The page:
I’ve developed a bit of an obsession with The Real Housewives TV series on Bravo. That’s right — The Real Housewives of New York City, Atlanta, Orange County, DC AND New Jersey.
The obsession began about a year ago when I came down with a vicious bout of the stomach flu. It hurt to listen to my iPod, to flip pages of a novel, and obviously I couldn’t eat. All I could do was writhe in my bed in front of the TV. And there on my TV was a Housewives marathon. One after the other after the other. Perfect. I thought, “WHERE have you been all my life?”
All I wanted to do was escape. Escape from how I was feeling, and any other stress that might cause my head to throb any harder. So I watched. And I watched. And then I swore I’d never get hooked on Jersey, but then I saw the table-flipping clip on youtube, and I was, like, “screw brain cells! I have to watch this!” I was hooked.
There’s something so addictive and enjoyable — especially for moms — about these shows. Something so delicious and crave-worthy, better than a grande soy no-water tazo chai latte from Starbucks (and that’s saying a lot). These women, most of whom are mothers, worry about nothing outside of their own dramas, outside of what to wear on a blind date, how many carats their new diamond ring is — the number of which their husbands never fail to repeat over and over for the cameras — or, of course, their own flawless, generally surgically-enhanced gorgeousness.
These women are polar opposites of me. Me, who worries incessantly about all sorts of rational and irrational things. It’s refreshing to see life lived so superficially. Not that I’m taking note. I’m just escaping for a while — into a world where diamonds are a girl’s best friend, a $3,576 spending spree at the shoe store is an ordinary thing, and where even salad sparkles.
Admittedly, these shows are also exercises in non-judgment. The show editors don’t hold back when it comes to controversial mommy moments. One of the women smokes in her house, pretty much in her kids’ faces, and tells them she’d planned on quitting smoking eventually “for them,” but now that she has a singing contract, and needs her voice to be perfect, she’ll quit now. (She doesn’t quit.) Another woman is so excited that her daughter’s been picked up by a top modeling agency because now she will travel to Milan, etc., and, of course, she better throw a celebratory lunch for herself. Another takes her two daughters, who are under two years old, for “mani-pedis” — oy, the PHTHALATES! — because, she says, she wants her girls to learn to look their best at a young age. And still another….. It goes on. And I’m okay with it, really. Aside from the smoking mom, I can laugh at all this. I can be nonjudgmental. I can admire these moms, at the very least, for not letting anxiety of PHTHALATES ruin a good time — even if that good time is often mostly for Mom, who really is doing her unique best.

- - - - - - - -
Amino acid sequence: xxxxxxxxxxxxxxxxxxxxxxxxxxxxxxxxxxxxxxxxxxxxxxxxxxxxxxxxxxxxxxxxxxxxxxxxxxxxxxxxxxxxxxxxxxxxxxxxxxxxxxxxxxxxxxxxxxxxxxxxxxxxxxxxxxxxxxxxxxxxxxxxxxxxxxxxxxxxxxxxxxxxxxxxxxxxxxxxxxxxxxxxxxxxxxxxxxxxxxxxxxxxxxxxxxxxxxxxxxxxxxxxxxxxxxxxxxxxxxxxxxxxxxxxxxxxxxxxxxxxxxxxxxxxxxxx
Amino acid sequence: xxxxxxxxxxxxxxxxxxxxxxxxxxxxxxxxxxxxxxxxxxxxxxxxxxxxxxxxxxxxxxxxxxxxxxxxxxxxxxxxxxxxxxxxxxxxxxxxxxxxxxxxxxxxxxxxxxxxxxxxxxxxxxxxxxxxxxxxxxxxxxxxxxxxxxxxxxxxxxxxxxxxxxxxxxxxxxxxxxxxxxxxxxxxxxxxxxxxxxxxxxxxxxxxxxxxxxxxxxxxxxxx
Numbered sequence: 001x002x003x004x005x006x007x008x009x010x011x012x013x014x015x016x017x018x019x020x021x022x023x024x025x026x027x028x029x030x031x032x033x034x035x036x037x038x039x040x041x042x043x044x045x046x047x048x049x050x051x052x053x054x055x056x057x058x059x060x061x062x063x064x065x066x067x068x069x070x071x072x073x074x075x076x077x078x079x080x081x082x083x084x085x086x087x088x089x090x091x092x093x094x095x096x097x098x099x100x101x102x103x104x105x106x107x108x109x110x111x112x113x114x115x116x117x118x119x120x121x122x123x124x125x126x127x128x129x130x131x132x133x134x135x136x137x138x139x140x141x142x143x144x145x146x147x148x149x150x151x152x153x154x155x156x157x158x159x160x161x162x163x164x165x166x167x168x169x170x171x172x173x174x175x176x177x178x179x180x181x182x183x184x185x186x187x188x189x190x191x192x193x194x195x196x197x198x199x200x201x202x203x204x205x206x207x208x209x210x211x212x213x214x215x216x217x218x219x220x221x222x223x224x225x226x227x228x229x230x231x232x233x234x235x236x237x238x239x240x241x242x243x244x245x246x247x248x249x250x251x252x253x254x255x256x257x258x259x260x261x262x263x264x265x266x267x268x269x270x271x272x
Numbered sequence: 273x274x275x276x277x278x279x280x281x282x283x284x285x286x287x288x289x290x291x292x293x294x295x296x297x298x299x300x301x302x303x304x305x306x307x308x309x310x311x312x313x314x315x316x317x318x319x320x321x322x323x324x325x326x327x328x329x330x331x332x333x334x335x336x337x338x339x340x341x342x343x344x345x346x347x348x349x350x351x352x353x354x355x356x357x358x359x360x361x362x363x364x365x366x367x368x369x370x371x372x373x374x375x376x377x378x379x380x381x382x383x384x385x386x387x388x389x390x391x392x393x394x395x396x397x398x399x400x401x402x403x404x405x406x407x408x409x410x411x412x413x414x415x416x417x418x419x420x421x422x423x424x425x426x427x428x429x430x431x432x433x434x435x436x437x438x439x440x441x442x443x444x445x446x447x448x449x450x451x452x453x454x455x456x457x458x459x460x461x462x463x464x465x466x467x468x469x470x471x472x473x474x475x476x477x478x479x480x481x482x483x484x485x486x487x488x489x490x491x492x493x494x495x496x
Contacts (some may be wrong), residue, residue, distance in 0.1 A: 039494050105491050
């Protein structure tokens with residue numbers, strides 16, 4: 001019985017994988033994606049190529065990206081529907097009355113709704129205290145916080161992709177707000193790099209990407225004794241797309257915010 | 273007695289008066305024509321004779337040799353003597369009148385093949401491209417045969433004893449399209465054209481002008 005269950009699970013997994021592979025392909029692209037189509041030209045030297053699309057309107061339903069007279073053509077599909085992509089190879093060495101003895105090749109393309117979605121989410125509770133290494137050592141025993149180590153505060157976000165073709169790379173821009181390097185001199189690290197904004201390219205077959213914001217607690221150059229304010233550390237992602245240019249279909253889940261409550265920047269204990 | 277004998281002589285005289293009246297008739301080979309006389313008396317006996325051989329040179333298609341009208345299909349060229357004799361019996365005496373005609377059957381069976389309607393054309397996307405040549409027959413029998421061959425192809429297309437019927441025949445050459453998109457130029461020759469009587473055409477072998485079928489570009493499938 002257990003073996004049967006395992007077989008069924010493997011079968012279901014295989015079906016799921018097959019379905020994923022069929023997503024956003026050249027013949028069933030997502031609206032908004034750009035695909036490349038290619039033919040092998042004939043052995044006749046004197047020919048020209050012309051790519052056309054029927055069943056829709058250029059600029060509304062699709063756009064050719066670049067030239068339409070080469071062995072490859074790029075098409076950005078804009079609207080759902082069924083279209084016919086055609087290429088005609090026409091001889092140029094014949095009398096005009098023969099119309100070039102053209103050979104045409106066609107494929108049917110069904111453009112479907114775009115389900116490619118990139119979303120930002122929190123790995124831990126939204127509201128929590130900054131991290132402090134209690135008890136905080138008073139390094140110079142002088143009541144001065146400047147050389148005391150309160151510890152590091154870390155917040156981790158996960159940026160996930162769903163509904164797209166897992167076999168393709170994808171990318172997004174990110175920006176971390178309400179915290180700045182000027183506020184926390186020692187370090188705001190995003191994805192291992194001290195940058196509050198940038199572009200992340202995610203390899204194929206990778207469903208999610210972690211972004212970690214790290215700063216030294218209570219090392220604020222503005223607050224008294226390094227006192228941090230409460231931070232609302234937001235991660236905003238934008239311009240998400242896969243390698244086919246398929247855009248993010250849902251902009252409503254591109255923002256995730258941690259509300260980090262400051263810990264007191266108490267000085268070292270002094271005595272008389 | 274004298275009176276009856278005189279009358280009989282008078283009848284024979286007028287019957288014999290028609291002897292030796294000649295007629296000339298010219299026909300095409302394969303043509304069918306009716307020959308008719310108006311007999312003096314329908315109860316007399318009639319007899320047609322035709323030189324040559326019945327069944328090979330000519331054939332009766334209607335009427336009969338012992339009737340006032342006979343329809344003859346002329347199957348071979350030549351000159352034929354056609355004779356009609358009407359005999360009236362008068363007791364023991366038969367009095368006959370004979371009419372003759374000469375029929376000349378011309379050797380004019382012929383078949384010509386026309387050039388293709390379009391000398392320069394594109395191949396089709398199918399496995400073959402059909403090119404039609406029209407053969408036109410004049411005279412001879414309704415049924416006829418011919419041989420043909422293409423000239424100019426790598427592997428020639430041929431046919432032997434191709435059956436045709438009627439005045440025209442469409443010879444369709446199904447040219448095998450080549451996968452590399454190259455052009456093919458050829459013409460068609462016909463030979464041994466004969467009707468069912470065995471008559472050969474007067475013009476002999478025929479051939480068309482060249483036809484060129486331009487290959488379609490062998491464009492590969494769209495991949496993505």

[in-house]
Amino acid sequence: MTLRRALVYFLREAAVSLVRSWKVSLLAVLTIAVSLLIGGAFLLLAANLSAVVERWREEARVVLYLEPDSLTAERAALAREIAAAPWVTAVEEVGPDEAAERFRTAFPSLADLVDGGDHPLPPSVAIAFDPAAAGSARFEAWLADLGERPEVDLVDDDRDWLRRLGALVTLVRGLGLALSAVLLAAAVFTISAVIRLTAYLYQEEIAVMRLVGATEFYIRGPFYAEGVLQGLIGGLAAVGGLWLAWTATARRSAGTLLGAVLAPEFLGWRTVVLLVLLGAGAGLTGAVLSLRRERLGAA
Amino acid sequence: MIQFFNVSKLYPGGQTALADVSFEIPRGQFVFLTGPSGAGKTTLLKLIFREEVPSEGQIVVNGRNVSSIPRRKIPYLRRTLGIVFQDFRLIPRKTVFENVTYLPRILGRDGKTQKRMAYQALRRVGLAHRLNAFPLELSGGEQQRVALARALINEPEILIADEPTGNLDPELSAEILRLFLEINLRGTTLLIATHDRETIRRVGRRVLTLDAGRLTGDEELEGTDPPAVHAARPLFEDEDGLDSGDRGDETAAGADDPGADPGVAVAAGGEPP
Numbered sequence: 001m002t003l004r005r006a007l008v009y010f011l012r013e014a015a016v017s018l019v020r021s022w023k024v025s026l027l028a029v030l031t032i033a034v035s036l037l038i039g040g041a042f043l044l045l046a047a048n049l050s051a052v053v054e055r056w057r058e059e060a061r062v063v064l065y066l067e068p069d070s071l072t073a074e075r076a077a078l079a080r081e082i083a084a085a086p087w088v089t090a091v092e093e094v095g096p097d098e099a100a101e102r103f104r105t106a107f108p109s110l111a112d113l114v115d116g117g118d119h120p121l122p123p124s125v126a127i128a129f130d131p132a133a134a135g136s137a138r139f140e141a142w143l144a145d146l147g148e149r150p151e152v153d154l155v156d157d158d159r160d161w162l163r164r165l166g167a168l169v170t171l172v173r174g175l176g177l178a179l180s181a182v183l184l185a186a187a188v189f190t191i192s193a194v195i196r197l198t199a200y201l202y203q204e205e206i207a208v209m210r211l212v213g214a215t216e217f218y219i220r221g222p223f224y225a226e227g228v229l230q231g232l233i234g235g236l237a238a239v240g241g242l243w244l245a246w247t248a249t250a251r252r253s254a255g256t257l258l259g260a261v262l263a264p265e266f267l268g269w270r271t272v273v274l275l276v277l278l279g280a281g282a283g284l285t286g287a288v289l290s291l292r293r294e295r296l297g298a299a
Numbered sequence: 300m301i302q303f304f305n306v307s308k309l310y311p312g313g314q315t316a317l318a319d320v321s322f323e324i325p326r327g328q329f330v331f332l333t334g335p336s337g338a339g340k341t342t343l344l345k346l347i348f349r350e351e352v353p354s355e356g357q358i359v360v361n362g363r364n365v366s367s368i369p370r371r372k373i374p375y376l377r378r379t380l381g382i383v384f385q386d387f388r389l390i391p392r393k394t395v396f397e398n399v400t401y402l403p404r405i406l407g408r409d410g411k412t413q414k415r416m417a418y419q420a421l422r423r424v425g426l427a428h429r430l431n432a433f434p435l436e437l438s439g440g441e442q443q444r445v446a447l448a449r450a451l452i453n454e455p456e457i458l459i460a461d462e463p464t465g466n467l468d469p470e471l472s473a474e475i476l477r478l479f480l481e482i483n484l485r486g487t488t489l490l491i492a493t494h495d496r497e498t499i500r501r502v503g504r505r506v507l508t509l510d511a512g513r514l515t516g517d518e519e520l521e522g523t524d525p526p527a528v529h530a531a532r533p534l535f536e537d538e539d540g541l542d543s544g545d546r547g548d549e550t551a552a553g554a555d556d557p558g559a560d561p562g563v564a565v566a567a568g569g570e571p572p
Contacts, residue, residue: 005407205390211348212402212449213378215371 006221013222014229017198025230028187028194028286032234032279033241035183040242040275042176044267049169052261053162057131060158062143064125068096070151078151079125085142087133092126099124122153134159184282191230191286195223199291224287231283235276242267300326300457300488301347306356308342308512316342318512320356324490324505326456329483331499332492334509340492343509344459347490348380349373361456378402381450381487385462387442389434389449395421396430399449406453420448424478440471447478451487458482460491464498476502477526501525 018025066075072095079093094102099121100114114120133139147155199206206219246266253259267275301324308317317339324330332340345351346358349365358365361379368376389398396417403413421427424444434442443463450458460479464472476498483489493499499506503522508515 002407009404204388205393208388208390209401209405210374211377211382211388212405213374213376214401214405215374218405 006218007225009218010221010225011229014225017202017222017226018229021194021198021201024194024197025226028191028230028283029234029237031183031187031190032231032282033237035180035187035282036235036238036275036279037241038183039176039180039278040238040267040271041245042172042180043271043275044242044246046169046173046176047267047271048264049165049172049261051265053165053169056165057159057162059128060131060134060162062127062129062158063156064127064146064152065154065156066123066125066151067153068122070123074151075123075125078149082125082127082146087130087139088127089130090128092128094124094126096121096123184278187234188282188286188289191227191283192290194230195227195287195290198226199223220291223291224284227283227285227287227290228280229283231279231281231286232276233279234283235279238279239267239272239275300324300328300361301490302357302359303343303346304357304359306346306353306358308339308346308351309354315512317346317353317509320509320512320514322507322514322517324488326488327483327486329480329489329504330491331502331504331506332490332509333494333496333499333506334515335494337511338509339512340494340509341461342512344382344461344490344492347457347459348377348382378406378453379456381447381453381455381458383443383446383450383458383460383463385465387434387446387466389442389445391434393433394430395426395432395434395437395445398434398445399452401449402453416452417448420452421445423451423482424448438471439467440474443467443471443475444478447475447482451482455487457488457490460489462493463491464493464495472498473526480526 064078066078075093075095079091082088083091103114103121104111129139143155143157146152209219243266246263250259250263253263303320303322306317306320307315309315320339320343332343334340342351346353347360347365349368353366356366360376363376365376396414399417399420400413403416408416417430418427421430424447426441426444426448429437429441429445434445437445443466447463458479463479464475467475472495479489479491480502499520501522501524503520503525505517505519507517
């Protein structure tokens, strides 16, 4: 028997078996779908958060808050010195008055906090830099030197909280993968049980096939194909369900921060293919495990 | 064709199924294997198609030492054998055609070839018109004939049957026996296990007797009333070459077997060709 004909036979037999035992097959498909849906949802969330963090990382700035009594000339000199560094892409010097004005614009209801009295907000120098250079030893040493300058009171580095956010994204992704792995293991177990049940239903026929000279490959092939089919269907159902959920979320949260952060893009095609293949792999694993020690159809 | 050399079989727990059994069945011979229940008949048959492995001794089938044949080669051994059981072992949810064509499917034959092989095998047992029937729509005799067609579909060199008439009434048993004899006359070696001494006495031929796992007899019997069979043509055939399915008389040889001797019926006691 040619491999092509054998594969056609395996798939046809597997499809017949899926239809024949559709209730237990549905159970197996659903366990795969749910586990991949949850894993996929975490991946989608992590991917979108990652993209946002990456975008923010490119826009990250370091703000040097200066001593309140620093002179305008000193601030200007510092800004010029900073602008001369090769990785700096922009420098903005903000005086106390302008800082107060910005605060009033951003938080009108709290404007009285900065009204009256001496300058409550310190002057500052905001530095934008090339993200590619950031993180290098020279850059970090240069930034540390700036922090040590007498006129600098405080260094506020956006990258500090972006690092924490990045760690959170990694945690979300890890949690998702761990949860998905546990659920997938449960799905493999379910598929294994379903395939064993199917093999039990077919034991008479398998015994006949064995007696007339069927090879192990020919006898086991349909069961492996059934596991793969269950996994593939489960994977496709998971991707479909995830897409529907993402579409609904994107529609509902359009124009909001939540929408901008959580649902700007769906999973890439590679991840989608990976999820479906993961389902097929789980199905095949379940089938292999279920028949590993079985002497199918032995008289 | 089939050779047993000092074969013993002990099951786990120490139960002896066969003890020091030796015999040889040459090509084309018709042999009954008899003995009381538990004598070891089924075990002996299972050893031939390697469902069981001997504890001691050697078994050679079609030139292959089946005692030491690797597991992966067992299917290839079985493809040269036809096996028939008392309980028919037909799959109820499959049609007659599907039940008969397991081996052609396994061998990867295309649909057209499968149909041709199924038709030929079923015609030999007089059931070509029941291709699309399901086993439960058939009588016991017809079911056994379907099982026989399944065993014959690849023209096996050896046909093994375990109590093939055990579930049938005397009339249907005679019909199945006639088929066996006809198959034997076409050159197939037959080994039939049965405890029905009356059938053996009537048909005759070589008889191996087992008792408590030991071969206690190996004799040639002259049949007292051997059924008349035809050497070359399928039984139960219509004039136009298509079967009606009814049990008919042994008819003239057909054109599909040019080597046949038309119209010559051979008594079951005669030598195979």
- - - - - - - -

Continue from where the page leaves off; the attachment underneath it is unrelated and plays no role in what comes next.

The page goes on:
I watch The Real Housewives and revel in the fantasy of motherhood without anxiety. Sure, there are points in the show when I’m relieved, say, that I’m not going through what Tamra of Orange County went going through: her son is going to jail and gets a fresh tattoo the size of my cat on his torso just to spite her. And poor Tamra’s (now ex) husband is controlling…. And there’s Lynn who can’t seem to set boundaries for her teenage girls, and it’s biting her in the butt. She also can’t figure out that her more rebellious daughter wants to do more than shop in order to connect with her….
It’s not all fun and games, no. But the hair, the makeup, the clothes, the CLEAVAGE! These women are single-handedly bringing big breasts back! And those of us who weren’t so lucky to shrink back to our original breast size after breastfeeding should ALL thank them for that. Thank you thank you THANK YOU.
And here I sit. A real housewife of…Toronto. I’ll turn the show on in a while. The new season of New York has finally landed in Canada. And I’ll gawk at Bethenny Frankel’s perfect post-baby body, watch the women drink and drink and drink, laugh at the petty dramas, and learn what NOT to do (and maybe even what TO do) when my kids are teenagers. And I’ll look forward, I think, to aging gracefully, with sexuality in tact (rawr), and to an escape that I can count on.
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